With cost-reduction being the key metric tracked today (in getting below ASP levels), the penalty of underutilization is enough to cause gross-margin levels to move from positive to negative territory. And as long as utilization rates are stalled at the 60-80% level, there is almost no prospect of capacity additions being contemplated.
Any increase in book-to-bills therefore should become a leading indicator that utilization rates have been increased to the extent that additional capacity additions are merited. However, this is not quite as straightforward as it may seem. There is the thorny issue of idled capacity that is sitting dormant either with tier 2 or 3 manufacturers that are still hanging in there, hoping that end-market demand picks up. And there is also the small issue of multi-GW levels of un-crated tools that were delivered at the end of 2011 and during the first half of 2012 that were surplus to demand.
Therefore, it is entirely feasible that book-to-bill ratios could remain somewhat static at depressed levels for the next 12 months, even if capacity levels are seen to increase during 2H’13 from the industry leaders.
These companies have various options to fall back upon, if they do need extra capacity. They may choose to acquire capacity from lower tier competitors or they may hunt down the surplus tooling in boxes with minimal capex outlay. Each of these scenarios would not filter back to PV equipment suppliers, other than a token gesture for service costs related to tool relocation, installation, and warranty transfer.
Technology-buy cycles are not yet conducive to the PV industry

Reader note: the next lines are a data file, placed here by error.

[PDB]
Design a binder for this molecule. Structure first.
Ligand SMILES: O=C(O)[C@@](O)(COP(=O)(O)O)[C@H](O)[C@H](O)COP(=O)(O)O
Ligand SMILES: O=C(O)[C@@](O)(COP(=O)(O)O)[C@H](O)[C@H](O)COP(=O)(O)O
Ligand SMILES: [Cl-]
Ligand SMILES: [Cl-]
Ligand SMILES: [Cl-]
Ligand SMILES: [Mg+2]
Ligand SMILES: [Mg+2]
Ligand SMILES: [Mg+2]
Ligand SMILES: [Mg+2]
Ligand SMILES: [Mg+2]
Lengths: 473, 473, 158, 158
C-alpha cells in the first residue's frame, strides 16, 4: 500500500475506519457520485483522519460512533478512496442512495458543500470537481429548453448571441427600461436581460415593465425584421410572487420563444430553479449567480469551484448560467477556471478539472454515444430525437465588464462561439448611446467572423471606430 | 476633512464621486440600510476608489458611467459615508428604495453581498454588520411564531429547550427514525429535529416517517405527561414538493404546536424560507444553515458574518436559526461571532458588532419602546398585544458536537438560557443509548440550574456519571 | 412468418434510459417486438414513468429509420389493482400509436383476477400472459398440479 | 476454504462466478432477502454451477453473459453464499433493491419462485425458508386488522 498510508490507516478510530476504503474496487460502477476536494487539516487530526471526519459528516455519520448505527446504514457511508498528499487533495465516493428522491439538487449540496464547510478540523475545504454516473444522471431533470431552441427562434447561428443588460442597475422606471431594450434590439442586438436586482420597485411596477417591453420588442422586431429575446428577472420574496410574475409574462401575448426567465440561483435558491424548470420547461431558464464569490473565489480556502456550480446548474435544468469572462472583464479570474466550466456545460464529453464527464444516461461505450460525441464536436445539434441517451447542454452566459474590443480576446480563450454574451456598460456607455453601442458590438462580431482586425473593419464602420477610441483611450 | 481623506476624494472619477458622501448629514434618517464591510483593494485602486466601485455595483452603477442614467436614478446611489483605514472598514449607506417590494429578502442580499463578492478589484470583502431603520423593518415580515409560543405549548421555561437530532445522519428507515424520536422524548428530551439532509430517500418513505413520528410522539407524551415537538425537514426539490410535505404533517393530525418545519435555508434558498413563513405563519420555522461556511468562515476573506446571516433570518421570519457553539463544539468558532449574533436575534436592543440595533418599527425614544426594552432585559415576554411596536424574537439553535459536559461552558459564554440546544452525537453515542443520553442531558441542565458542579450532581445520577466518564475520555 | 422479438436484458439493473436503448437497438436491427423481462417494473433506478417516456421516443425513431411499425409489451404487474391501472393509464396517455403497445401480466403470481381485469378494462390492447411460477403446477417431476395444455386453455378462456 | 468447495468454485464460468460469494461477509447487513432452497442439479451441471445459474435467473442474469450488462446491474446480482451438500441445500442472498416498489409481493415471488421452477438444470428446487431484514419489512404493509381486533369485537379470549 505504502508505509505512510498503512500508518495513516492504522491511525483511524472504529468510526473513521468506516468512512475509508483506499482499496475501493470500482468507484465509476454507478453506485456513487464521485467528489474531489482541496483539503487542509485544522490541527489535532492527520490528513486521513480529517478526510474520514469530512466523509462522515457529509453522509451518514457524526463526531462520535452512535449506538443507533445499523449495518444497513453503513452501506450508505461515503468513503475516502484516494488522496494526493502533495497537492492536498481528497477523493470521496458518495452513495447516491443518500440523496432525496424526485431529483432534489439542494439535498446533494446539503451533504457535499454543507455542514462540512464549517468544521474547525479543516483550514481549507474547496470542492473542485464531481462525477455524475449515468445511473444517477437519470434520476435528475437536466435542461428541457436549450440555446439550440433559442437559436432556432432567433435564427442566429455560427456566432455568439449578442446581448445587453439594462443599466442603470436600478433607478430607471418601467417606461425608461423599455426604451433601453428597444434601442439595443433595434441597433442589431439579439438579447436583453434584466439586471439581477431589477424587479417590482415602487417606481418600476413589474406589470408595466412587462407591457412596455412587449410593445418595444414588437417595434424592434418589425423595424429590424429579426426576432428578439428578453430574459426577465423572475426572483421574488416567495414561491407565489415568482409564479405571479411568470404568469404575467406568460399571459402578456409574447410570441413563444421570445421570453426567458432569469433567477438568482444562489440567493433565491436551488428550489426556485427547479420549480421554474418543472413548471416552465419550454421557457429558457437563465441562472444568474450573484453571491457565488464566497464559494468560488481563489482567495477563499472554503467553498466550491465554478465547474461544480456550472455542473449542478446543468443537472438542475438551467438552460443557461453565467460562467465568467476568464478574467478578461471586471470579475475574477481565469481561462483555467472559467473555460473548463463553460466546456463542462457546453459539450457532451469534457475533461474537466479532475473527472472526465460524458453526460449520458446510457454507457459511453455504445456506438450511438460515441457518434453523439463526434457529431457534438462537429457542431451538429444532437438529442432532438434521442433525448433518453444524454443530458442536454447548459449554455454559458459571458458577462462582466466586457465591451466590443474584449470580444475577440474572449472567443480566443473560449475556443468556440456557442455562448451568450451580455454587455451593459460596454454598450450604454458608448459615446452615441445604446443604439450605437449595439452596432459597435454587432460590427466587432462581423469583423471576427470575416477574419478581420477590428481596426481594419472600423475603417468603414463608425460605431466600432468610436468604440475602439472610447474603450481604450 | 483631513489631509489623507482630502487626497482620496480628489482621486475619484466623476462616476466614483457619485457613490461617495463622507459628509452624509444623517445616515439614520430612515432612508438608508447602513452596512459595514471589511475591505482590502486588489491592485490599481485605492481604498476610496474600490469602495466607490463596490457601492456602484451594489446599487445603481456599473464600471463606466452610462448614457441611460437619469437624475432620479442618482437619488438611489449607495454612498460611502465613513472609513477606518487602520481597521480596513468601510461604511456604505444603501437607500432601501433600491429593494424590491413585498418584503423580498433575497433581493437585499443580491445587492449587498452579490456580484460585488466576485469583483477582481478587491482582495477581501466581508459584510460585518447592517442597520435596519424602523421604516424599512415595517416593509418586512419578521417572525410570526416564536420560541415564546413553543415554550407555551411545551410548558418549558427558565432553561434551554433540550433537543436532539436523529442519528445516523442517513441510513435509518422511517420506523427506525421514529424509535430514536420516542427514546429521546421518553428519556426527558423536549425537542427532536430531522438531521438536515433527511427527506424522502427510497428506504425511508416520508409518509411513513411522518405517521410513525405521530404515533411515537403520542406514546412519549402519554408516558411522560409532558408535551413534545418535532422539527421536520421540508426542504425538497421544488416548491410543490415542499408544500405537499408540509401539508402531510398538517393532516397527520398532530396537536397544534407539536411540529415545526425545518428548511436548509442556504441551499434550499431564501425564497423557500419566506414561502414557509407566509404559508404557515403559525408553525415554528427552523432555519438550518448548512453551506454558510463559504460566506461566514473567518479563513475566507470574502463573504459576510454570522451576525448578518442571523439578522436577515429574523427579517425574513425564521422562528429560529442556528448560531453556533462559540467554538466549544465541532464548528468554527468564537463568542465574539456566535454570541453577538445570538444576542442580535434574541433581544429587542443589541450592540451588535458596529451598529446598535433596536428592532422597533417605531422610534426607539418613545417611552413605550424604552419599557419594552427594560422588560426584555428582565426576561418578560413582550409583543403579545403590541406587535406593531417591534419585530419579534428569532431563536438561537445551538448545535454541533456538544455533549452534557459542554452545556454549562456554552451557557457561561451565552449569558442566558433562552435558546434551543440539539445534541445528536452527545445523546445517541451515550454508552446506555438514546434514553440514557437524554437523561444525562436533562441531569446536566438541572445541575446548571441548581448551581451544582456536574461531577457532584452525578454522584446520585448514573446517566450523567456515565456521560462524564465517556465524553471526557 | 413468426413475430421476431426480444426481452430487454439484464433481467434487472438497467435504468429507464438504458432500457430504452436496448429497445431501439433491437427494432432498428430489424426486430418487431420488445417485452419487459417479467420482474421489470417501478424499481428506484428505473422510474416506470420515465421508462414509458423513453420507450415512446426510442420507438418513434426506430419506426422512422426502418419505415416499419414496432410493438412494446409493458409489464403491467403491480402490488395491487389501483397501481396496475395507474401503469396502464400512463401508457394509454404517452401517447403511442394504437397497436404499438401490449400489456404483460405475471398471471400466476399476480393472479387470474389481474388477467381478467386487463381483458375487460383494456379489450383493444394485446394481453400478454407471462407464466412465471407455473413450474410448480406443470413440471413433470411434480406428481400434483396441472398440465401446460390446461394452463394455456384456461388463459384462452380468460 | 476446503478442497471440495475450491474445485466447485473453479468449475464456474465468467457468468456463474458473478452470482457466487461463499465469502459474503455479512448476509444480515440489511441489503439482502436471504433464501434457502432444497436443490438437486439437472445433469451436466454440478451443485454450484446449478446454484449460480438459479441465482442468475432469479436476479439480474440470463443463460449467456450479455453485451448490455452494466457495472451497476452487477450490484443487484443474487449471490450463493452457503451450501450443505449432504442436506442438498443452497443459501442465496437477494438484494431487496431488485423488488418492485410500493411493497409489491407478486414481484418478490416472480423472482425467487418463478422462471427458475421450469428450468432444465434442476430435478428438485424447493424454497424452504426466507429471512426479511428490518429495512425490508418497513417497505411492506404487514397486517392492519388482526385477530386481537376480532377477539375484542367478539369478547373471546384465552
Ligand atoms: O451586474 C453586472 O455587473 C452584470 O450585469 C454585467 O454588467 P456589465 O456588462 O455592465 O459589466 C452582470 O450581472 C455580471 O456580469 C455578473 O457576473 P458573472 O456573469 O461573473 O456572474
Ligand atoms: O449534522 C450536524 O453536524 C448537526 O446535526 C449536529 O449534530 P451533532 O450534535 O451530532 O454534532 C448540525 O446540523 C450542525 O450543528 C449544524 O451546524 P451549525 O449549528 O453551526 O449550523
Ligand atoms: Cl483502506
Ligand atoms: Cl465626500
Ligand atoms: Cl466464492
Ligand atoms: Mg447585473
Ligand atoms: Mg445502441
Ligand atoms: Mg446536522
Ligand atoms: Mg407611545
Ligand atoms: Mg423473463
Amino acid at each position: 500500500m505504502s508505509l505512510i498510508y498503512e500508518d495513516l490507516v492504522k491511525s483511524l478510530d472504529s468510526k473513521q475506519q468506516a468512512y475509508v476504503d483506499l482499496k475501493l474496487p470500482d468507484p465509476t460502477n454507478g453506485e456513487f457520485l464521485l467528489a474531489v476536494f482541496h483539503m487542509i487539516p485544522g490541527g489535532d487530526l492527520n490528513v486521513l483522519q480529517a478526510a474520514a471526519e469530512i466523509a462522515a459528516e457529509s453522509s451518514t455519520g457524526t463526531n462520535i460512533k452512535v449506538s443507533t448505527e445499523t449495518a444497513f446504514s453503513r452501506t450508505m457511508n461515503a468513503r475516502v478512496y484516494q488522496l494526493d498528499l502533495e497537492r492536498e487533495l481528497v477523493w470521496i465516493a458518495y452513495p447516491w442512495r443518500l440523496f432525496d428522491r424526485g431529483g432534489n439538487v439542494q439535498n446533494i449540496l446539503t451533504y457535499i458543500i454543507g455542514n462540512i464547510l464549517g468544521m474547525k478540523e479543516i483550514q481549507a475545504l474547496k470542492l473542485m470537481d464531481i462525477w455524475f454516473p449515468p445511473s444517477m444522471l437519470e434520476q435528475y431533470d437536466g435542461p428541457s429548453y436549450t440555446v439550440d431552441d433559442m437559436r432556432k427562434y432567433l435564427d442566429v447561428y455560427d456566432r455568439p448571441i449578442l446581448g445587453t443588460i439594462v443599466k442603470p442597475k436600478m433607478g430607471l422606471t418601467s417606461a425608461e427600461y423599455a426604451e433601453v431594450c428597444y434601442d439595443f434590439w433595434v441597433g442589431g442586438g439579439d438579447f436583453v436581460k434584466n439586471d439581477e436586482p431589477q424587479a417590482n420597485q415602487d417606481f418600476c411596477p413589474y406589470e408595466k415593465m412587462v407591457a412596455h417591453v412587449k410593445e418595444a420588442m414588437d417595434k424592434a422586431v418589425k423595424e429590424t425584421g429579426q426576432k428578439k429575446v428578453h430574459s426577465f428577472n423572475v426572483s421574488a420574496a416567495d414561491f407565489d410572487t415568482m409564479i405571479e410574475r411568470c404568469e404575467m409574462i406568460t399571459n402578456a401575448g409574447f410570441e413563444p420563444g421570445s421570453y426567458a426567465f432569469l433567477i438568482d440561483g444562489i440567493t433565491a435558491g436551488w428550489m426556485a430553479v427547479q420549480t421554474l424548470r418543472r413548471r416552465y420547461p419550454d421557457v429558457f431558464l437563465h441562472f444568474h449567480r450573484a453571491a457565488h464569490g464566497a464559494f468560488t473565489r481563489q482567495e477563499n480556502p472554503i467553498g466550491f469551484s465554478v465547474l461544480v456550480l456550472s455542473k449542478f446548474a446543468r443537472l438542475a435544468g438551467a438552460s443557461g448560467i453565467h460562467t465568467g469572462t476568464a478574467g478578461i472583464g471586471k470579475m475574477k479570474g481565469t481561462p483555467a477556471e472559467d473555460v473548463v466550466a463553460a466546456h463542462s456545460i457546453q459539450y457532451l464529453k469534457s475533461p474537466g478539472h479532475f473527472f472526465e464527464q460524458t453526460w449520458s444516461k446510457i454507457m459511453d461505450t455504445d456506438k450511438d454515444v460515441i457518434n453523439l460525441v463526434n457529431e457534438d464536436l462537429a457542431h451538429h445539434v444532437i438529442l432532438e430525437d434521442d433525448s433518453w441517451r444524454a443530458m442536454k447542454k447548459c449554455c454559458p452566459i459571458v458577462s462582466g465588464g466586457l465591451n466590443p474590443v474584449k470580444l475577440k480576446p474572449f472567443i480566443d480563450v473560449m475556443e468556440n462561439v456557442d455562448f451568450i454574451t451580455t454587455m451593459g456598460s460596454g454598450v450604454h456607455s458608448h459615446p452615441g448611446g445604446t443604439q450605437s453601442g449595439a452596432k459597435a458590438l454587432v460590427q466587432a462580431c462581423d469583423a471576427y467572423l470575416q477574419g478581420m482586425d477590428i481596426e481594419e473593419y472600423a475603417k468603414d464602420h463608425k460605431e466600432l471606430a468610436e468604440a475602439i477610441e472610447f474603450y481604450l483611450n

Another important inflection point that may be captured by an uptick in book-to-bill ratios relates to the technology-buy cycle that typically happens in adjacent technology segments when equipment spending cycles are going through a downturn. But again, the PV industry has not yet matured to the stage that any comparisons here are entirely valid.
A technology-buy cycle depends largely upon industry-wide synergy on a common technology roadmap. And here, the PV industry has been comprised of competing voices and initiatives that have been embedded in competitive positioning within a climate of global protectionism. This has been characterized by leading PV manufacturers adopting different technology roadmaps, sometimes with unique process flows and tooling.
Today, the only common roadmap being pursued relates to corporate survival and the ability to operate profitably. And with ASPs continuing to decline on a monthly basis, the prospects for any changes here are difficult to imagine. Indeed, introducing any (high-risk) new technology process into mass production is seeing only tentative uptake.
There are other reasons why a technology-buy cycle is unlikely to become a key driver in stimulating PV book-to-bill metrics. The PV industry has no equivalence to feature-size technology-nodes and lacks the synergy needed across leading players to drive a wafer size or thickness reduction roadmap. But the biggest stumbling block right now is cash-flow, and the necessity to focus on short-term cash-generation as a means of avoiding bankruptcy.